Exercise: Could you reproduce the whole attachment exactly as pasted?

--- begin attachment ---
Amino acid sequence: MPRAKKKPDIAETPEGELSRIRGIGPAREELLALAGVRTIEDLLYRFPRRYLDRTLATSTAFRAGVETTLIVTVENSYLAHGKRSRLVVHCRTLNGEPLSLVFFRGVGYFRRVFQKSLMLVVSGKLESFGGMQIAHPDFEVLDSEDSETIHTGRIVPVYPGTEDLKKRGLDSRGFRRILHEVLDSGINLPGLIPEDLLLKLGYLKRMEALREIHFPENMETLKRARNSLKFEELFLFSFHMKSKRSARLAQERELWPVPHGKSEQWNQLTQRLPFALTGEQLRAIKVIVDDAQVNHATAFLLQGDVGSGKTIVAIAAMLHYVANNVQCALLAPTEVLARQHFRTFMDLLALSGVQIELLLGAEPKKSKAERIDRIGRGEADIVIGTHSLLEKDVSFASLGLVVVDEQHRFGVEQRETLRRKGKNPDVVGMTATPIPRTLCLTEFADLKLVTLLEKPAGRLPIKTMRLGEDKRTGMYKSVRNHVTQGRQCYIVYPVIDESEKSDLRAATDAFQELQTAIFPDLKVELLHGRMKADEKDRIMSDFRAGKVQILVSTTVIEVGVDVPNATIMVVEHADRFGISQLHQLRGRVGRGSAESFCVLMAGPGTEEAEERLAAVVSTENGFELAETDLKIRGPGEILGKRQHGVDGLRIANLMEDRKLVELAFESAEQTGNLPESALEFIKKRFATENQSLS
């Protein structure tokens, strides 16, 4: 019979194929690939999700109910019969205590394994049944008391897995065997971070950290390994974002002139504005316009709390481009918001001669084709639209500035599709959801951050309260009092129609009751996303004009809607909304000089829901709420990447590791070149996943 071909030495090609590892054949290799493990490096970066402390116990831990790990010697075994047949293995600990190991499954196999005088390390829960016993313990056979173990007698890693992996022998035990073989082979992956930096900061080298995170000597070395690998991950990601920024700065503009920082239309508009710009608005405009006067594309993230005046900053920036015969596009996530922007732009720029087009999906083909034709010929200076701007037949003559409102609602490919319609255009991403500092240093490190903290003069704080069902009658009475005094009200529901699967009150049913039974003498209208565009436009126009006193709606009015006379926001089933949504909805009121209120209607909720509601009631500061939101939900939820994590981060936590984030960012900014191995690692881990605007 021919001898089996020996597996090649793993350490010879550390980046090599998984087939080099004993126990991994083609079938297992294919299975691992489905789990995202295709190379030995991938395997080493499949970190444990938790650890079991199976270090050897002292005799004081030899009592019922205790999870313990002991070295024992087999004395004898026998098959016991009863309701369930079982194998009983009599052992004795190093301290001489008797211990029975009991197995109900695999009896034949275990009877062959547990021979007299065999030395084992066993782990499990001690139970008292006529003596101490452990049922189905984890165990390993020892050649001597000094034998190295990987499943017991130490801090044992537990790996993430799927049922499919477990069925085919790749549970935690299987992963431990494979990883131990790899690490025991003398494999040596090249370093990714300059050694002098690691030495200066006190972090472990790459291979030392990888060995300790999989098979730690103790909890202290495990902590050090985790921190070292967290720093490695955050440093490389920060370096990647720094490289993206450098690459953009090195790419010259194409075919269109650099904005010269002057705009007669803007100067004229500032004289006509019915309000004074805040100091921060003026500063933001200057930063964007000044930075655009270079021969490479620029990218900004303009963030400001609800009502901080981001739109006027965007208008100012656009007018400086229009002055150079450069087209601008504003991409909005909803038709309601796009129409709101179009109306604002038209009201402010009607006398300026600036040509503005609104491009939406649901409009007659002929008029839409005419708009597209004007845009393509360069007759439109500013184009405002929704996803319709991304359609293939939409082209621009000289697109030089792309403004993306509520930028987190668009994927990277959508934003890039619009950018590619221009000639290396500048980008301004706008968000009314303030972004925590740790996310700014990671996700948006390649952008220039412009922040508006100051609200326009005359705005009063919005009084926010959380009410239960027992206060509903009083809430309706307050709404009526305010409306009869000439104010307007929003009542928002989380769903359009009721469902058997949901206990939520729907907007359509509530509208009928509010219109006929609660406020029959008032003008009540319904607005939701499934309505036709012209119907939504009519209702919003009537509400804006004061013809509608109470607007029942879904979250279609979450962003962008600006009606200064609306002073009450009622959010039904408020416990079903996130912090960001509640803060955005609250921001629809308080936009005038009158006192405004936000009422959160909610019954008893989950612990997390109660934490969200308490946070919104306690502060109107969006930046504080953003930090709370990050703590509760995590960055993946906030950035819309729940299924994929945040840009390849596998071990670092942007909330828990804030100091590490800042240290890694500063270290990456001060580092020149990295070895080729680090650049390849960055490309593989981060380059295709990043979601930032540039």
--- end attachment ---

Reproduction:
Amino acid sequence: MPRAKKKPDIAETPEGELSRIRGIGPAREELLALAGVRTIEDLLYRFPRRYLDRTLATSTAFRAGVETTLIVTVENSYLAHGKRSRLVVHCRTLNGEPLSLVFFRGVGYFRRVFQKSLMLVVSGKLESFGGMQIAHPDFEVLDSEDSETIHTGRIVPVYPGTEDLKKRGLDSRGFRRILHEVLDSGINLPGLIPEDLLLKLGYLKRMEALREIHFPENMETLKRARNSLKFEELFLFSFHMKSKRSARLAQERELWPVPHGKSEQWNQLTQRLPFALTGEQLRAIKVIVDDAQVNHATAFLLQGDVGSGKTIVAIAAMLHYVANNVQCALLAPTEVLARQHFRTFMDLLALSGVQIELLLGAEPKKSKAERIDRIGRGEADIVIGTHSLLEKDVSFASLGLVVVDEQHRFGVEQRETLRRKGKNPDVVGMTATPIPRTLCLTEFADLKLVTLLEKPAGRLPIKTMRLGEDKRTGMYKSVRNHVTQGRQCYIVYPVIDESEKSDLRAATDAFQELQTAIFPDLKVELLHGRMKADEKDRIMSDFRAGKVQILVSTTVIEVGVDVPNATIMVVEHADRFGISQLHQLRGRVGRGSAESFCVLMAGPGTEEAEERLAAVVSTENGFELAETDLKIRGPGEILGKRQHGVDGLRIANLMEDRKLVELAFESAEQTGNLPESALEFIKKRFATENQSLS
């Protein structure tokens, strides 16, 4: 019979194929690939999700109910019969205590394994049944008391897995065997971070950290390994974002002139504005316009709390481009918001001669084709639209500035599709959801951050309260009092129609009751996303004009809607909304000089829901709420990447590791070149996943 071909030495090609590892054949290799493990490096970066402390116990831990790990010697075994047949293995600990190991499954196999005088390390829960016993313990056979173990007698890693992996022998035990073989082979992956930096900061080298995170000597070395690998991950990601920024700065503009920082239309508009710009608005405009006067594309993230005046900053920036015969596009996530922007732009720029087009999906083909034709010929200076701007037949003559409102609602490919319609255009991403500092240093490190903290003069704080069902009658009475005094009200529901699967009150049913039974003498209208565009436009126009006193709606009015006379926001089933949504909805009121209120209607909720509601009631500061939101939900939820994590981060936590984030960012900014191995690692881990605007 021919001898089996020996597996090649793993350490010879550390980046090599998984087939080099004993126990991994083609079938297992294919299975691992489905789990995202295709190379030995991938395997080493499949970190444990938790650890079991199976270090050897002292005799004081030899009592019922205790999870313990002991070295024992087999004395004898026998098959016991009863309701369930079982194998009983009599052992004795190093301290001489008797211990029975009991197995109900695999009896034949275990009877062959547990021979007299065999030395084992066993782990499990001690139970008292006529003596101490452990049922189905984890165990390993020892050649001597000094034998190295990987499943017991130490801090044992537990790996993430799927049922499919477990069925085919790749549970935690299987992963431990494979990883131990790899690490025991003398494999040596090249370093990714300059050694002098690691030495200066006190972090472990790459291979030392990888060995300790999989098979730690103790909890202290495990902590050090985790921190070292967290720093490695955050440093490389920060370096990647720094490289993206450098690459953009090195790419010259194409075919269109650099904005010269002057705009007669803007100067004229500032004289006509019915309000004074805040100091921060003026500063933001200057930063964007000044930075655009270079021969490479620029990218900004303009963030400001609800009502901080981001739109006027965007208008100012656009007018400086229009002055150079450069087209601008504003991409909005909803038709309601796009129409709101179009109306604002038209009201402010009607006398300026600036040509503005609104491009939406649901409009007659002929008029839409005419708009597209004007845009393509360069007759439109500013184009405002929704996803319709991304359609293939939409082209621009000289697109030089792309403004993306509520930028987190668009994927990277959508934003890039619009950018590619221009000639290396500048980008301004706008968000009314303030972004925590740790996310700014990671996700948006390649952008220039412009922040508006100051609200326009005359705005009063919005009084926010959380009410239960027992206060509903009083809430309706307050709404009526305010409306009869000439104010307007929003009542928002989380769903359009009721469902058997949901206990939520729907907007359509509530509208009928509010219109006929609660406020029959008032003008009540319904607005939701499934309505036709012209119907939504009519209702919003009537509400804006004061013809509608109470607007029942879904979250279609979450962003962008600006009606200064609306002073009450009622959010039904408020416990079903996130912090960001509640803060955005609250921001629809308080936009005038009158006192405004936000009422959160909610019954008893989950612990997390109660934490969200308490946070919104306690502060109107969006930046504080953003930090709370990050703590509760995590960055993946906030950035819309729940299924994929945040840009390849596998071990670092942007909330828990804030100091590490800042240290890694500063270290990456001060580092020149990295070895080729680090650049390849960055490309593989981060380059295709990043979601930032540039």